15-small15. Dynasty or Diversity? - The HTB family of churches
by George Lings and Paul Perkin - download    Headlines from issue 15
Within the UK church planting movement, Holy Trinity Brompton in London has been one of the leaders. How transferable is their model of planting? Is this dynastic cloning or intentional diversity?

16-small16. Mass Planting - Learning from Catholic evangelism
by George Lings - download            Headlines from issue 16
Scenario: Passionate Catholic sacramentalist meets radical mission-minded evangelist - what do they say to one another? What if this mix was two halves of one person who planted an unusual church?


2003


17-small17. Addicted to Planting?
by Claire Dalpra - download            Headlines from issue 17
How do people in recovery from addiction become disciples? What would a church plant of recovering drug addicts and alcoholics look like? Is Alcoholics Anonymous a model of emerging church for the 21st century? Claire Dalpra investigates.

18-small18. Stepping Stones
by George Lings - download            Headlines from issue 18
Suppose a middle class church was called to work on a run-down council estate, frighteningly called “Little Beirut”? How much could they know about how to tackle the task? Was that why they called the church plant “Stepping Stones”?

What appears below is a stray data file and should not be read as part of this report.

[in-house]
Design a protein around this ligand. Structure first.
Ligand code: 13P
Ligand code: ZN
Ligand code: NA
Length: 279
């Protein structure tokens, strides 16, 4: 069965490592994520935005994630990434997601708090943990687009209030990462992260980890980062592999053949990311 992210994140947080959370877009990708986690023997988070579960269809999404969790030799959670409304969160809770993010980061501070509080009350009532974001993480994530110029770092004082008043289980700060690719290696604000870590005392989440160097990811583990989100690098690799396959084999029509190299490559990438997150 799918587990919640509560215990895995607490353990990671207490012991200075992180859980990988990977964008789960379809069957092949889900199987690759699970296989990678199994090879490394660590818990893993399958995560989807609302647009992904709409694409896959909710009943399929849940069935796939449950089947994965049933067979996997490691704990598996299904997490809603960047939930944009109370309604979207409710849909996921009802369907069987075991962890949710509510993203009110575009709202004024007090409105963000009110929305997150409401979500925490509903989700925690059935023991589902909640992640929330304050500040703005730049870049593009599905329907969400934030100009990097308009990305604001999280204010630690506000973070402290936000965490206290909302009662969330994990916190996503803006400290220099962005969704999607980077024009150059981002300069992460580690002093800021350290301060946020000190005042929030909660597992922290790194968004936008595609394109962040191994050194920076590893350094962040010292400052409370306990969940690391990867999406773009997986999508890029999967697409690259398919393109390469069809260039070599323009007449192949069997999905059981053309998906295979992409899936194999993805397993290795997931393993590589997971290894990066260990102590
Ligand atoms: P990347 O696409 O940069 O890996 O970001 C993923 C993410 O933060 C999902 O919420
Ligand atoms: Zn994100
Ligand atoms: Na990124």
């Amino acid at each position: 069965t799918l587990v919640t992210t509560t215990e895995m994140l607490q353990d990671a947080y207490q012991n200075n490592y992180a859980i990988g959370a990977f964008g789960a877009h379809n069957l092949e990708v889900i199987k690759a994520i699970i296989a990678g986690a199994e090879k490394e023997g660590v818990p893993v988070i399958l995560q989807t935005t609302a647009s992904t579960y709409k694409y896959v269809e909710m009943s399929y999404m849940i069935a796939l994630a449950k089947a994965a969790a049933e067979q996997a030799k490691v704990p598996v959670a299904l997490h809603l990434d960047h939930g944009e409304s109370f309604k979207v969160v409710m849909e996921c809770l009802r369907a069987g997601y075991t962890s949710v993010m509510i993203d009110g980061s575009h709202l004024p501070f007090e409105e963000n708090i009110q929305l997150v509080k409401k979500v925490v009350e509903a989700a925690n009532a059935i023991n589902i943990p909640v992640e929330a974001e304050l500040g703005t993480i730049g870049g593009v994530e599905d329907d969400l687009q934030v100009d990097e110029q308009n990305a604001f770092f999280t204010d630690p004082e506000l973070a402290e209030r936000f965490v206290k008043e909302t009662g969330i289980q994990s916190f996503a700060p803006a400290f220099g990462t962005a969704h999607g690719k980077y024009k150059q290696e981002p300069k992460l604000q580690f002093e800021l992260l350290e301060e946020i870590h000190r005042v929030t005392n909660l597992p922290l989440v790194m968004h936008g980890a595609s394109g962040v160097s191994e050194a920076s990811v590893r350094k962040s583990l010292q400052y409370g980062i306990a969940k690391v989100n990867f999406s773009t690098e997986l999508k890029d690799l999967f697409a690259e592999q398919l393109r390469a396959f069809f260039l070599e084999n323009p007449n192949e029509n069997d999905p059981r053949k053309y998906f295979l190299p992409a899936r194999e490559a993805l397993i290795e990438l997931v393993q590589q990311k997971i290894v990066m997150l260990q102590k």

19-small19. Net Gains
by George Lings - download            Headlines from issue 19
Churches for networks of people (not neighbourhoods) are on the increase. What can we learn from the early examples, now that such churches are being intentionally begun by dioceses?

20-small20. Soft Cell
by George Lings - download            Headlines from issue 20
Devotees of cell promote it as the big change needed for today’s church. Others have decided that the price is too high, the pain is too great, or cell doesn’t fit where they are. Is there any middle way to do cell alongside congregation without fatally weakening what cell offers at its best?

Andrew Wooding, 15/02/2017